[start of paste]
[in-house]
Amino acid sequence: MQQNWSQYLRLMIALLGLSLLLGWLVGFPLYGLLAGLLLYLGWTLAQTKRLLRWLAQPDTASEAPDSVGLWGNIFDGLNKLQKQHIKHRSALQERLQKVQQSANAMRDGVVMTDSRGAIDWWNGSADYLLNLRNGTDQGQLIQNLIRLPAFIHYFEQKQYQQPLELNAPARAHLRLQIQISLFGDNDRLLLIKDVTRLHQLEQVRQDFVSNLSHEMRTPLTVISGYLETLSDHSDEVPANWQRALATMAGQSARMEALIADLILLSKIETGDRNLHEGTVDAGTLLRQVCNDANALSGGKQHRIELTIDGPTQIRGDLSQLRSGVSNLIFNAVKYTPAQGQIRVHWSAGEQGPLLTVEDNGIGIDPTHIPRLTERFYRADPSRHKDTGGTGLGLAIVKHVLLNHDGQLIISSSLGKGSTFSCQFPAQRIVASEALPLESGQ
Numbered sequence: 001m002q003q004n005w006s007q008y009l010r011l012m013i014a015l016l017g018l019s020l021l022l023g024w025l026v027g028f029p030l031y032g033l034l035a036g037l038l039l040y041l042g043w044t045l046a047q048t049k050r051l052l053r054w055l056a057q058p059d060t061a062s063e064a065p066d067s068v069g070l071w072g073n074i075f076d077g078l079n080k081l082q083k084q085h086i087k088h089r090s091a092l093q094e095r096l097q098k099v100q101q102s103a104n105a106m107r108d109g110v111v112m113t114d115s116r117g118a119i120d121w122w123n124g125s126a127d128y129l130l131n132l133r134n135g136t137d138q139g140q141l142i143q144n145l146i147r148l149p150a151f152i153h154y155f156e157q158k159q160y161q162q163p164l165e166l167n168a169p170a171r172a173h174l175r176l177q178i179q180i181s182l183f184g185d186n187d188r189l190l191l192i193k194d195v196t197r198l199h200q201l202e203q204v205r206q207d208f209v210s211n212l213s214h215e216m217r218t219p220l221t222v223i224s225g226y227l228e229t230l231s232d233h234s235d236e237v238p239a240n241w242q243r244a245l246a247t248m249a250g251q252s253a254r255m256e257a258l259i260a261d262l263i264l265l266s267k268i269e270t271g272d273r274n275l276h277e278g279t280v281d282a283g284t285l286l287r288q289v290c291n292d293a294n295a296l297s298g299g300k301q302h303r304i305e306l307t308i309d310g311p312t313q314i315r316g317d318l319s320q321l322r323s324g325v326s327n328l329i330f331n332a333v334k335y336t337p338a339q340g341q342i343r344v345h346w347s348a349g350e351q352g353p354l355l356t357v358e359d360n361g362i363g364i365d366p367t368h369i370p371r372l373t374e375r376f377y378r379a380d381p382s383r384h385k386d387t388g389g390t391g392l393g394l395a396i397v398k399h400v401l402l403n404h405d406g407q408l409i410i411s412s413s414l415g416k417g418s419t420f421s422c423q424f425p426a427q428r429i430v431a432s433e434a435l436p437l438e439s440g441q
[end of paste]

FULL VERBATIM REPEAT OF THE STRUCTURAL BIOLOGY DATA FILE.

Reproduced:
[in-house]
Amino acid sequence: MQQNWSQYLRLMIALLGLSLLLGWLVGFPLYGLLAGLLLYLGWTLAQTKRLLRWLAQPDTASEAPDSVGLWGNIFDGLNKLQKQHIKHRSALQERLQKVQQSANAMRDGVVMTDSRGAIDWWNGSADYLLNLRNGTDQGQLIQNLIRLPAFIHYFEQKQYQQPLELNAPARAHLRLQIQISLFGDNDRLLLIKDVTRLHQLEQVRQDFVSNLSHEMRTPLTVISGYLETLSDHSDEVPANWQRALATMAGQSARMEALIADLILLSKIETGDRNLHEGTVDAGTLLRQVCNDANALSGGKQHRIELTIDGPTQIRGDLSQLRSGVSNLIFNAVKYTPAQGQIRVHWSAGEQGPLLTVEDNGIGIDPTHIPRLTERFYRADPSRHKDTGGTGLGLAIVKHVLLNHDGQLIISSSLGKGSTFSCQFPAQRIVASEALPLESGQ
Numbered sequence: 001m002q003q004n005w006s007q008y009l010r011l012m013i014a015l016l017g018l019s020l021l022l023g024w025l026v027g028f029p030l031y032g033l034l035a036g037l038l039l040y041l042g043w044t045l046a047q048t049k050r051l052l053r054w055l056a057q058p059d060t061a062s063e064a065p066d067s068v069g070l071w072g073n074i075f076d077g078l079n080k081l082q083k084q085h086i087k088h089r090s091a092l093q094e095r096l097q098k099v100q101q102s103a104n105a106m107r108d109g110v111v112m113t114d115s116r117g118a119i120d121w122w123n124g125s126a127d128y129l130l131n132l133r134n135g136t137d138q139g140q141l142i143q144n145l146i147r148l149p150a151f152i153h154y155f156e157q158k159q160y161q162q163p164l165e166l167n168a169p170a171r172a173h174l175r176l177q178i179q180i181s182l183f184g185d186n187d188r189l190l191l192i193k194d195v196t197r198l199h200q201l202e203q204v205r206q207d208f209v210s211n212l213s214h215e216m217r218t219p220l221t222v223i224s225g226y227l228e229t230l231s232d233h234s235d236e237v238p239a240n241w242q243r244a245l246a247t248m249a250g251q252s253a254r255m256e257a258l259i260a261d262l263i264l265l266s267k268i269e270t271g272d273r274n275l276h277e278g279t280v281d282a283g284t285l286l287r288q289v290c291n292d293a294n295a296l297s298g299g300k301q302h303r304i305e306l307t308i309d310g311p312t313q314i315r316g317d318l319s320q321l322r323s324g325v326s327n328l329i330f331n332a333v334k335y336t337p338a339q340g341q342i343r344v345h346w347s348a349g350e351q352g353p354l355l356t357v358e359d360n361g362i363g364i365d366p367t368h369i370p371r372l373t374e375r376f377y378r379a380d381p382s383r384h385k386d387t388g389g390t391g392l393g394l395a396i397v398k399h400v401l402l403n404h405d406g407q408l409i410i411s412s413s414l415g416k417g418s419t420f421s422c423q424f425p426a427q428r429i430v431a432s433e434a435l436p437l438e439s440g441q